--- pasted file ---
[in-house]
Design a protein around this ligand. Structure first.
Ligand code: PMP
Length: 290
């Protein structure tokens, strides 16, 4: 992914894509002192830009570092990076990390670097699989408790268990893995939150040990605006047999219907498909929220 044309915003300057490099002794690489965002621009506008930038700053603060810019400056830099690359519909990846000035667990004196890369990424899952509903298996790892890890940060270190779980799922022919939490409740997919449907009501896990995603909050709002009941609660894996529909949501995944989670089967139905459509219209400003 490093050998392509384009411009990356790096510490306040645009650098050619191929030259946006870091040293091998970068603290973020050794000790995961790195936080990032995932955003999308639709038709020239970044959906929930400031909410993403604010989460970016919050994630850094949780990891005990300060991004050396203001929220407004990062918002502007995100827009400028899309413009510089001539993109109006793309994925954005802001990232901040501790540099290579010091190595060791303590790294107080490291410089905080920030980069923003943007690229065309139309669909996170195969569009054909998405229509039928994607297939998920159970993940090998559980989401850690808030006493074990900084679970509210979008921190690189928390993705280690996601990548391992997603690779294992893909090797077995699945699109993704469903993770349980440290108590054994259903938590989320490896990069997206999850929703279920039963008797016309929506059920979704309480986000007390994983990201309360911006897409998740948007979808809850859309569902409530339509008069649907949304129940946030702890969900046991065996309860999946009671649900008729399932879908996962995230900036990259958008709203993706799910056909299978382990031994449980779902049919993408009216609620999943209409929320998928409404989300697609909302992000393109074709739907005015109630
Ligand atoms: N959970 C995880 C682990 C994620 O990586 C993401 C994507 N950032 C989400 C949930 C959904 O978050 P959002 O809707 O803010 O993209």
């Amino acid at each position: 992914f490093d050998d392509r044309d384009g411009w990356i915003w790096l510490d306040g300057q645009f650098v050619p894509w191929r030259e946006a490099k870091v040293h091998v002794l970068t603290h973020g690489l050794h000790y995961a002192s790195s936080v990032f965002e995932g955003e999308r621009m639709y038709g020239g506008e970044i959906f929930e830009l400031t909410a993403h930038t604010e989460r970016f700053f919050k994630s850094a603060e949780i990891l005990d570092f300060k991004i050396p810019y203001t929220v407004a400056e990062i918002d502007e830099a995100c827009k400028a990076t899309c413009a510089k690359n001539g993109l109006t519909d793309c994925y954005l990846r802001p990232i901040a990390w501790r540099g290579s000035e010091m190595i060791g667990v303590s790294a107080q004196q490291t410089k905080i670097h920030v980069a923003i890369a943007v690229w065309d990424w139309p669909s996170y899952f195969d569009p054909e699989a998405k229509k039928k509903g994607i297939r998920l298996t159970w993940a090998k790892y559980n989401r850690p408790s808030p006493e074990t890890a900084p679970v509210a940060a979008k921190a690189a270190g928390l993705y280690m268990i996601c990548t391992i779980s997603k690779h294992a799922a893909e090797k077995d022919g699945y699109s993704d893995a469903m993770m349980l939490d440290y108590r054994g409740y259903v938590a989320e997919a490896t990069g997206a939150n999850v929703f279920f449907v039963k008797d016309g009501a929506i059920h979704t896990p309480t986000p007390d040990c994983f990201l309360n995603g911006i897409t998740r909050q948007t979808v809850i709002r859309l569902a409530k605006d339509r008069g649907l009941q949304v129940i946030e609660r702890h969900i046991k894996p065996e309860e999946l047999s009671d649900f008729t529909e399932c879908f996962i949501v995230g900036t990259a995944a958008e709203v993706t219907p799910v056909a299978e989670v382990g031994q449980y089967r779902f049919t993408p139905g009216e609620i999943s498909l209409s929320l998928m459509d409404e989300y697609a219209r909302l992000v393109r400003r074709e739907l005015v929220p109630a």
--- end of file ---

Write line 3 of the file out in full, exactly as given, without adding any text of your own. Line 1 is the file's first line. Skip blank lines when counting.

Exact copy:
Ligand code: PMP